Lehigh University
The Vault at PfaffsAn Archive of Art and Literature by the Bohemians of Antebellum New York
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Text for Page 146 [11-22-1859]

he looked for it and �took it for a rat�
� an allusion to his being near �Del. Trem.�
as they call Delirium Tremens.   The debauch-
ery and dissipation these fellows have seen!
Days of it together, travelling from brothel to
brothel  and tavern to tavern.         A droll story
of Giles, who is a quiet fellow with an enormous
moustache, but otherwise scant of hair.   He does
not drink, having �sworn off� for twelvemonths �
and kept his oath.   He went into an undertakers�
� the one in Carmine St � and said he wanted
to look at some coffins, with the gravest of faces.
Young woman asked him what size.      He said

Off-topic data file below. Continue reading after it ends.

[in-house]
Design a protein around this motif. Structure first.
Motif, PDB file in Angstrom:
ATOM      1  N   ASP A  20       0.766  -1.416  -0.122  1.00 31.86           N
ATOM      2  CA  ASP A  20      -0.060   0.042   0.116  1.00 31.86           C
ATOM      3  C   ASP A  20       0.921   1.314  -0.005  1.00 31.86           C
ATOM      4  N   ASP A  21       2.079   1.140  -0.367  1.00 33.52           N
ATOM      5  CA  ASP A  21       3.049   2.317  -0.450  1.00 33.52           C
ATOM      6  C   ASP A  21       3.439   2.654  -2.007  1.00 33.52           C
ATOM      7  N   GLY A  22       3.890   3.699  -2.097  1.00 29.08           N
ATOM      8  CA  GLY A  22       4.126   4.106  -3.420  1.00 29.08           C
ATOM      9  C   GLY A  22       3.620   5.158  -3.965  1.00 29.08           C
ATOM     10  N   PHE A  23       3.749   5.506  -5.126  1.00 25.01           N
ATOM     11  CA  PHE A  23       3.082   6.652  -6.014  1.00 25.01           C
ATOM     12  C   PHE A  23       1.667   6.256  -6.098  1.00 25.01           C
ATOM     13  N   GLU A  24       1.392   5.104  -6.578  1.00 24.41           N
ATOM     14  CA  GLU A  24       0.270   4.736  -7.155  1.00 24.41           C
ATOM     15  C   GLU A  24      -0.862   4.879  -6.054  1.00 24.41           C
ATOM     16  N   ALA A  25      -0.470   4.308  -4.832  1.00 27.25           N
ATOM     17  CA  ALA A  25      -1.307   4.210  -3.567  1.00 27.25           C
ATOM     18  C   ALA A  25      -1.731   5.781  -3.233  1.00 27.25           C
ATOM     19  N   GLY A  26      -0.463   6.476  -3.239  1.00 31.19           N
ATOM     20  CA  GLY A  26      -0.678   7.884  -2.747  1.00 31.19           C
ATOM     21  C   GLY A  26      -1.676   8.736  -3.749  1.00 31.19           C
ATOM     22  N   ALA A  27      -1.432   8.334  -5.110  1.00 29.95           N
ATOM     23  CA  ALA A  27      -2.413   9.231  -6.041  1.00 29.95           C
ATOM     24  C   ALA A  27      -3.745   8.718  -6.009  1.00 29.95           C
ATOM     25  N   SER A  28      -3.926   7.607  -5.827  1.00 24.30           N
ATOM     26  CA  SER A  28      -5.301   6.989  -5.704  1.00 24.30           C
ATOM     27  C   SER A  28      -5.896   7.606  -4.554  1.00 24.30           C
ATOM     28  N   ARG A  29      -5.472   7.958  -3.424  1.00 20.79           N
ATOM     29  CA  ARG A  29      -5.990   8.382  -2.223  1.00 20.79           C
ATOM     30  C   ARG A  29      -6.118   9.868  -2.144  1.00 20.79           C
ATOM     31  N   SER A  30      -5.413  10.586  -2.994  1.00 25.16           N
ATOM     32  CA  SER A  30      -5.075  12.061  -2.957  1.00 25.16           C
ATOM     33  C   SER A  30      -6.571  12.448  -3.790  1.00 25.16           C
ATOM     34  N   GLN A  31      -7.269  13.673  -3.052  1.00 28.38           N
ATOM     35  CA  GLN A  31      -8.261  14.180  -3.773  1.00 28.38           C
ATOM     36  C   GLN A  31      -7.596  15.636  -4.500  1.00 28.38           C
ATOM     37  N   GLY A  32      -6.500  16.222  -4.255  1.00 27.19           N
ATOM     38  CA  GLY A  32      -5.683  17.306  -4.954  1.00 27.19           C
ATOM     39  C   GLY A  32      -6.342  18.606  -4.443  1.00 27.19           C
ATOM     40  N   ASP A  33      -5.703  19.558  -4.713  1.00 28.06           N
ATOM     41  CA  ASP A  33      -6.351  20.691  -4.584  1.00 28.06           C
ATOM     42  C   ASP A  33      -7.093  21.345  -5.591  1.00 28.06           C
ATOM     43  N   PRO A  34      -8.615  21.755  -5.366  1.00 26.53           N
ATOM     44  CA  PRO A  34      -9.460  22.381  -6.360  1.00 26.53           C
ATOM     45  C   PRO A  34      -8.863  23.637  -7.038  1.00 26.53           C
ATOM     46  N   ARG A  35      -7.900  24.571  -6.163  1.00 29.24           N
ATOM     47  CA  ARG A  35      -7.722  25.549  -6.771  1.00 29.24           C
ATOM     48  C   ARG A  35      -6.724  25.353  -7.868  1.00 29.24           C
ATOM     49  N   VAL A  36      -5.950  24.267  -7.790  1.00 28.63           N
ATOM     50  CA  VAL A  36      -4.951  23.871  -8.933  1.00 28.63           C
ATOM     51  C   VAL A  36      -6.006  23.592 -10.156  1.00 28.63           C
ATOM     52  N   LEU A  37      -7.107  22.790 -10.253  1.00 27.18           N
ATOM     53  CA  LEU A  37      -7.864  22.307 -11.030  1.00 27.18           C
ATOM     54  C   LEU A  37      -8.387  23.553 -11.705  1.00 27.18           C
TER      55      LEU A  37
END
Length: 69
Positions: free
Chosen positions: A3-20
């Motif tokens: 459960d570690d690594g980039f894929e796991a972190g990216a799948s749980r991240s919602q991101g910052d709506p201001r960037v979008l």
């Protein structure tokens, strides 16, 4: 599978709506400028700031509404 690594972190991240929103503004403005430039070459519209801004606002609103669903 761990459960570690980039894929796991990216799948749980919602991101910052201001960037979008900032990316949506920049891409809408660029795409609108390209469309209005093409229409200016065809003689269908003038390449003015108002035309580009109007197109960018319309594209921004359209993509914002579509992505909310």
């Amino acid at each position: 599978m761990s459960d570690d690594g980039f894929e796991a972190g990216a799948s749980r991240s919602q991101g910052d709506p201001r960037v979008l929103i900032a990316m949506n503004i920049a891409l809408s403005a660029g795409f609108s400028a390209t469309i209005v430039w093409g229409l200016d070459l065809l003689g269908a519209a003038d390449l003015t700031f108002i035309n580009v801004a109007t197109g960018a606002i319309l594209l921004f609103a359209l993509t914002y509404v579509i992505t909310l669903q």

He didn�t know, looked first at one, then ano-
ther, finally at childrens coffins, just as though
the article were for ornament or luxury.     The
girl wanted to laugh terribly, when he left her.
Cahill told an absurd story of his being
in a hack carriage waiting for Arnold and
others to join him.    Driver became impatient,
insisted on leaving, kept putting Cahill (who
tried to prevent him starting) out of the vehicle,
into which the inebriate climbed again and
again, with a drunkards pertinacity, until 
the man consented to convey him to Wallack�s
theatre, into which he passed and did not
return.             Considerable talk of �30� Greene
Street where �Bella� and �Adelle� reside.  Both               
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